. . . [T]he only defense witness at the trial was the [P]etitioner, Antonio Munford. [The Petitioner] testified on February 15, 2001. He testified under oath that he was [twenty] years of age at the time of his testimony.[1] . . . He began his testimony by stating that the two prior statements he gave to the police were a combination of truth and fiction. He testified that his uncle[, ] William Johnson[, ] and [Mr. Bond] mentioned on the night in question that they had just missed an opportunity to commit a robbery, and that five minutes later they said they were going to take care of some business. Despite this talk of a robbery, [the Petitioner] testified that he merely thought they were going to get "high." [The Petitioner] then testified that he asked to go with the two men and they rode around in the car smoking marijuana until they pulled up on a parking lot near the Oil City. [The Petitioner] then testified that his uncle spotted [Mr.] Perry and he heard his uncle tell [Mr. Perry] about the incident in which they just tried to "knock off" the man with a money bag. [The Petitioner] testified that he then told the three other men that he was going into the store to get something to eat. As he was entering the store[, ] he glanced back and [Mr.] Johnson and [Mr.] Perry followed him into the store, although he opened the door for them and they entered the store in front of him. [The Petitioner] further testified that as he approached the counter [Mr. Perry] pulled the shotgun on the clerk and told the clerk to get down on the floor. [Mr.] Perry then told [the Petitioner] to get the money, so he ran and jumped on the counter. [The Petitioner] then testified that he reached down and grabbed the store's gun and started trying to open the register. He could not get it open until Mr. Ali told him which button to hit. At that time he was holding the gun and trying to get the money at the same time. He then heard a voice say "watch out" and heard a "pow" after which he ran out of the store and passed the gun to [Mr. Perry], but did not have time to pass him the money from the cash register.
According to [the Petitioner], he briefly split up with the other men, but rejoined them at his uncle['s] grandmother's house[, ] [a]fter which they rode around in the car smoking more marijuana and went to a Krystal. He testified further that he did not learn that there had been a killing involved in the robbery until the next day. However, [the Petitioner] testified . . . that he was the person who fired the shot that killed the victim, but claimed that there was no discussion regarding a plan to rob the Oil City before entering and that he actually did not enter with intent to rob the Oil City. He further admitted that he knew the clerk had a firearm in the store and that he got the gun before he got the money out of the cash register. He further explained that the shooting was not intentional and that he was so intoxicated that he did not even realize that he had fired the .357 revolver as he didn't notice any recoil. Finally, he re-emphasized that he did not enter the store with intent to participate in a robbery, but he also acknowledged that no one forced him into getting the money out of the cash register.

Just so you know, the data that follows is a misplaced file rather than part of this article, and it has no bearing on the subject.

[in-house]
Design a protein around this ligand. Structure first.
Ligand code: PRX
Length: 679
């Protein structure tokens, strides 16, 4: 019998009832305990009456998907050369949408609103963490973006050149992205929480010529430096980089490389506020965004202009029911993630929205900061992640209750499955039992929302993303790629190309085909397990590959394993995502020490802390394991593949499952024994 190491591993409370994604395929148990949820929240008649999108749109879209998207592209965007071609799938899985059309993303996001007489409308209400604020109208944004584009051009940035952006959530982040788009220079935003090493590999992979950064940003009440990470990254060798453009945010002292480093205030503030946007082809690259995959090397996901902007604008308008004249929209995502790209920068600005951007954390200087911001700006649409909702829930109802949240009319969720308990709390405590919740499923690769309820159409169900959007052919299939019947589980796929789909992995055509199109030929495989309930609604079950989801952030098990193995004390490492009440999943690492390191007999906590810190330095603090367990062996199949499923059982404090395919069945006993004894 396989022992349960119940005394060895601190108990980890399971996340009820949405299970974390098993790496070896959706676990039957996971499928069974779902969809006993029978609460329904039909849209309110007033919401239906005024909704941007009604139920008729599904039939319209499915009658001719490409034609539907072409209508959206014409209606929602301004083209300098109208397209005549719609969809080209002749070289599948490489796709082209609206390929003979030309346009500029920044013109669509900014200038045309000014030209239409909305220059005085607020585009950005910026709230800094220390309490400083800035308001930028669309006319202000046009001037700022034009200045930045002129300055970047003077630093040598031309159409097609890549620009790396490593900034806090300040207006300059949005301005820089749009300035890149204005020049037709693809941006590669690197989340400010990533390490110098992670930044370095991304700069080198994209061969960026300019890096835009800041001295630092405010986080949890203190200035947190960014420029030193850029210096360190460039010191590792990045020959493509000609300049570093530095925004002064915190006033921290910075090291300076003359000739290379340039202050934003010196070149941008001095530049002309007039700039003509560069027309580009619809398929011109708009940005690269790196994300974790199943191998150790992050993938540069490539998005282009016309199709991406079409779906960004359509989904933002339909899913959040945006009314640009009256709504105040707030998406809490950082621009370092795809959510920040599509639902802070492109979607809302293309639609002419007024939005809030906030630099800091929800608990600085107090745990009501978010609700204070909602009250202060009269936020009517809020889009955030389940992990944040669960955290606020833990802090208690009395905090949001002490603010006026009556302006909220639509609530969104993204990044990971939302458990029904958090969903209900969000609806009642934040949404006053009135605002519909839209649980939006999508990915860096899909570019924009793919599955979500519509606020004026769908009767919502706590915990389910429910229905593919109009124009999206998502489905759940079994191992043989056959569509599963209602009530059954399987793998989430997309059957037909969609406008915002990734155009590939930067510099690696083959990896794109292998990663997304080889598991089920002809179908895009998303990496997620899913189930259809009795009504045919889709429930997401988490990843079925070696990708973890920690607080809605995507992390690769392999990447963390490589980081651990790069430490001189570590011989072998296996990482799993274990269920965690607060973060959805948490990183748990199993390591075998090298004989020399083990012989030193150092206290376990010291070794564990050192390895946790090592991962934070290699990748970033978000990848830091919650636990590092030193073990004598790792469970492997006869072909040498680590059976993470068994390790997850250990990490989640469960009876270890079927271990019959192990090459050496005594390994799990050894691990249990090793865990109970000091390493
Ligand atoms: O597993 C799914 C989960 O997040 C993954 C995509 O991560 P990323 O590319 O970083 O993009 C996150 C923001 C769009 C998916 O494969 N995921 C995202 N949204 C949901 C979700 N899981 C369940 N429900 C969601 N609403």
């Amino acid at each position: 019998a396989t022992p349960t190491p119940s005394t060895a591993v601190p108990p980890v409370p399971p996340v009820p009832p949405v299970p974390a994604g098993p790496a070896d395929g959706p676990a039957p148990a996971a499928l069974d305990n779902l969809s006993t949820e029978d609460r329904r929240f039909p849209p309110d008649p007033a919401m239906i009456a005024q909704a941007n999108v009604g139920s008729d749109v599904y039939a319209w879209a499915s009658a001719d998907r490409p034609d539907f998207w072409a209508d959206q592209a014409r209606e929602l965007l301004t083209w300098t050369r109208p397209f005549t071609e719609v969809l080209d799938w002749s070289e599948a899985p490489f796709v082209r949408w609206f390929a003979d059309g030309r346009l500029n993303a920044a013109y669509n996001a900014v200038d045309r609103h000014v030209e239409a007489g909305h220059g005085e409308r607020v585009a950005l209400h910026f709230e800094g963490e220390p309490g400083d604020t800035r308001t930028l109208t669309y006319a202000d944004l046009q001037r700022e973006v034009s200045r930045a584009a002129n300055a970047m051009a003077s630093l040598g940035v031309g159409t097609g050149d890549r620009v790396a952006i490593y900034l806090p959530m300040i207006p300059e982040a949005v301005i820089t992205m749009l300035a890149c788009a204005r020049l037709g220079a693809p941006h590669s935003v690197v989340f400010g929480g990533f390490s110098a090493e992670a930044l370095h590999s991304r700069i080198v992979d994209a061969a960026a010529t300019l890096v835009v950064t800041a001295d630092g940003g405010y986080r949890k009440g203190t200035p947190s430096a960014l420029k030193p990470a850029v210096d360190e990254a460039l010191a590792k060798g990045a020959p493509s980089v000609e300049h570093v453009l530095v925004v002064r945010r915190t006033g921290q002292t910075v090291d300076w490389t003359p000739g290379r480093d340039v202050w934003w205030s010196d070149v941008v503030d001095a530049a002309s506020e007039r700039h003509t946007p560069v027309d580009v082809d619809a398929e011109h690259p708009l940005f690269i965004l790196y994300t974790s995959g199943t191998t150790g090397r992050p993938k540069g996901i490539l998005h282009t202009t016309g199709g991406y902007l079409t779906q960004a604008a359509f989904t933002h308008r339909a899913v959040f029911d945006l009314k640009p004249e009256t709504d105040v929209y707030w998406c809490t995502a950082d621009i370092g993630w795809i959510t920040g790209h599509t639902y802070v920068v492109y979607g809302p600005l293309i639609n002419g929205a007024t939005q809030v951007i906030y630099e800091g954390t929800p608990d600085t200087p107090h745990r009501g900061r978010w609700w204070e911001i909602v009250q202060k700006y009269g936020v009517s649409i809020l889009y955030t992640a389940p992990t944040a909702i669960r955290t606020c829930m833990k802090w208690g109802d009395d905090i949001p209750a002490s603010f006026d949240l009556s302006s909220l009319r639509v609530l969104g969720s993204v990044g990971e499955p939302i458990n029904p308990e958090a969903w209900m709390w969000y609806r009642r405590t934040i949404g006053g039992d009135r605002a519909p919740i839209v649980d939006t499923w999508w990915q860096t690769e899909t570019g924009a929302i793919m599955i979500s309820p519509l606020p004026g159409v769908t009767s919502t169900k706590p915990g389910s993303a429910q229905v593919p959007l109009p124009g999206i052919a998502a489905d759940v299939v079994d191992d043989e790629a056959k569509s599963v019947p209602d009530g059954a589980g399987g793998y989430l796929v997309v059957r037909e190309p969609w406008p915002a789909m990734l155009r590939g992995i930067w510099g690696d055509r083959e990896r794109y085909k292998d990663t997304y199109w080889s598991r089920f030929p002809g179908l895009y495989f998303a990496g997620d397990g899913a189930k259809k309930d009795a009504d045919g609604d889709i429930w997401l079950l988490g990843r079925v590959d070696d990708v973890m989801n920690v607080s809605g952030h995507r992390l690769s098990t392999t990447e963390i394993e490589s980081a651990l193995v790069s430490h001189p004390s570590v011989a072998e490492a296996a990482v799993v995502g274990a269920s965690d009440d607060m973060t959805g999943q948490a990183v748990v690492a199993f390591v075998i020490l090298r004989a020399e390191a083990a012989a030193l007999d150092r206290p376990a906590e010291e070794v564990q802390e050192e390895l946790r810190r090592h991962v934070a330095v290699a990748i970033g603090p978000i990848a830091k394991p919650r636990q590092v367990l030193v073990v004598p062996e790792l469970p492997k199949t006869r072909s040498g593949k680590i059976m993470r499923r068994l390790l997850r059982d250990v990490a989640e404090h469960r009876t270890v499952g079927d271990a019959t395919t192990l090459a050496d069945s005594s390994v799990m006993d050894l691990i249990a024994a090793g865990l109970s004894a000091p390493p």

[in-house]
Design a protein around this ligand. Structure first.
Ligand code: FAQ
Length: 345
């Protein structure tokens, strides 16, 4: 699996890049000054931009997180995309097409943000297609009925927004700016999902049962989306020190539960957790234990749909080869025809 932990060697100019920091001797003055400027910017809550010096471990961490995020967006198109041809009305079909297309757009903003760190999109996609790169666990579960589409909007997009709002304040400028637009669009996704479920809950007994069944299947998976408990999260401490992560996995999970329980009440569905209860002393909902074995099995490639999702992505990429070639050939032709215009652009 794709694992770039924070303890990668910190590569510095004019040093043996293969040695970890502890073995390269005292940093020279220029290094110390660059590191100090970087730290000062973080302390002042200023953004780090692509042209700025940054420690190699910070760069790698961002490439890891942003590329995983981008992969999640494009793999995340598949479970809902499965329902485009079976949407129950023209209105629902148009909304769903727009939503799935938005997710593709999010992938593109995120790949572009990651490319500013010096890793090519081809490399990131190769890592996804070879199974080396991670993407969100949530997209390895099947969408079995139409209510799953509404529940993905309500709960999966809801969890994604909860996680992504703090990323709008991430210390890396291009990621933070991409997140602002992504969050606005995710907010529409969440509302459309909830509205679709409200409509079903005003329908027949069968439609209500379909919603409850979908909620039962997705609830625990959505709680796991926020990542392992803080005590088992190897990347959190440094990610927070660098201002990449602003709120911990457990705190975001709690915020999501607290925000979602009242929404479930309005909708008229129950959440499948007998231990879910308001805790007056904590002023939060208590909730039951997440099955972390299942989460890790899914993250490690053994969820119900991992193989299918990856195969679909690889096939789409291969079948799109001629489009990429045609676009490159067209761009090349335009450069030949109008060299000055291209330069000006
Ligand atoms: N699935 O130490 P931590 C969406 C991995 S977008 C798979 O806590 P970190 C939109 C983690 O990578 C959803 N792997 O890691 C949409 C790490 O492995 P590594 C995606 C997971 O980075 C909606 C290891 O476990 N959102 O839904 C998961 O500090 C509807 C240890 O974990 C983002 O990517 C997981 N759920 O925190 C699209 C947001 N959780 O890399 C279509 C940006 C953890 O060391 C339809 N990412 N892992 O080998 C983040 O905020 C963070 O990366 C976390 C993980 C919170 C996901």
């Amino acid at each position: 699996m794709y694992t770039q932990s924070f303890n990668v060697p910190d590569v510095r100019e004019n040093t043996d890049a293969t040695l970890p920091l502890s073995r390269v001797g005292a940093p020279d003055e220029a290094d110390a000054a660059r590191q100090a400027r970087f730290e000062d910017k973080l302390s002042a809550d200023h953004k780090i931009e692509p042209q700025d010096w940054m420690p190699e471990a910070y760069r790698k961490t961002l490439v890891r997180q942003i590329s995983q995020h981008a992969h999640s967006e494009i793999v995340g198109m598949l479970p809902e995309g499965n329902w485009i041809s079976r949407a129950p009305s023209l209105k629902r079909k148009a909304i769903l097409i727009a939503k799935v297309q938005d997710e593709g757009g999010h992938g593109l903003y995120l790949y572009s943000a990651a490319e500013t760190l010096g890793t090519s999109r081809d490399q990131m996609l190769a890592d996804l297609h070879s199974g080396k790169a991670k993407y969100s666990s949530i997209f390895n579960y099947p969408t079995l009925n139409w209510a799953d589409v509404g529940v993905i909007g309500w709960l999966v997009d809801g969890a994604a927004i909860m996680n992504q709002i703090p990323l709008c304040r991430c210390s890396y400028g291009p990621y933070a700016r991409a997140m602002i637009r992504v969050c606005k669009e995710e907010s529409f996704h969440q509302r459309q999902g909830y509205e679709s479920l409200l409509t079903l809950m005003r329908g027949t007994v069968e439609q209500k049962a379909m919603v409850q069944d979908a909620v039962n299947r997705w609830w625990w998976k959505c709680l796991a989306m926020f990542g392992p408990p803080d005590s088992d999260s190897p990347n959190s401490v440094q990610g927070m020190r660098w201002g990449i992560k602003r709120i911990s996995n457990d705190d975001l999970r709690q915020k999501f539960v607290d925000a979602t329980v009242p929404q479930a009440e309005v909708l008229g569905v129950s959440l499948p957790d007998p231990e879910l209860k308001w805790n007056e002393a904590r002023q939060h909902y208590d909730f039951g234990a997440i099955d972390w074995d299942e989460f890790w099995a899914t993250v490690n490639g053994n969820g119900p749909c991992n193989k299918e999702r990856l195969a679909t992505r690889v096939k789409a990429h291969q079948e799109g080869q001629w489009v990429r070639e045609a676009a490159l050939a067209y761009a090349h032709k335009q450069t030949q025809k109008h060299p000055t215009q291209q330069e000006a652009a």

In essence, [the Petitioner's] trial testimony was basically consistent with his version of events in his second statement given to the police, except at trial he claimed no prior discussions or planning of the robbery took place and he did not enter into the store with the intent to participate in the robbery. He did acknowledge his participation in the robbery, but, in essence, testified that it was a spur of the moment reaction to the events that unfolded without his prior knowledge. Again, at trial, [the] Petitioner implicated [Mr.] Perry as the leader in the commission of the offense.
Faced with a video depicting the Petitioner participating in the robbery and the fact that [the] Petitioner had given a typed confession to participating in the robbery and shooting the victim, [] trial counsel made an opening statement that emphasized to the jury that [the Petitioner] had been placed in a situation where he was forced to make a "split-second decision" as to how to react. In his closing argument, [the] Petitioner's trial counsel continued the version of the incident testified to by the Petitioner and simply contended that [the Petitioner] never entered the Oil City with intent to participate in a robbery.

         Following deliberations, the jury found the Petitioner guilty as charged, and he was sentenced to life imprisonment. A motion for new trial was filed on July 12, 2001, which was overruled on August 1, 2001. No notice of appeal was filed by trial counsel.

         On September 23, 2003, the Petitioner filed a pro se notice of appeal with this court.[2] He then filed a pro se motion to accept late-filed notice of appeal on October 10, 2003. On October 30, 2003, this court filed an order denying the Petitioner's motion to accept his late-filed notice of appeal and denied his request to waive the timely filing requirement found in Rule 4(a) of the Tennessee Rules of Appellate Procedure. A mandate was issued by this court on December 1, 2003.

         Post-Conviction and Coram Nobis Proceedings

         On July 27, 2012, the Petitioner filed a pro se petition for writ of error coram nobis. Attached to the pro se petition were several newspaper articles from 2004 which indicated that the Petitioner's trial counsel had been charged and convicted in federal court of various offenses relating to his involvement with the Gangster Disciples. The Petitioner asserted that he did not become aware of this information until June 14, 2012.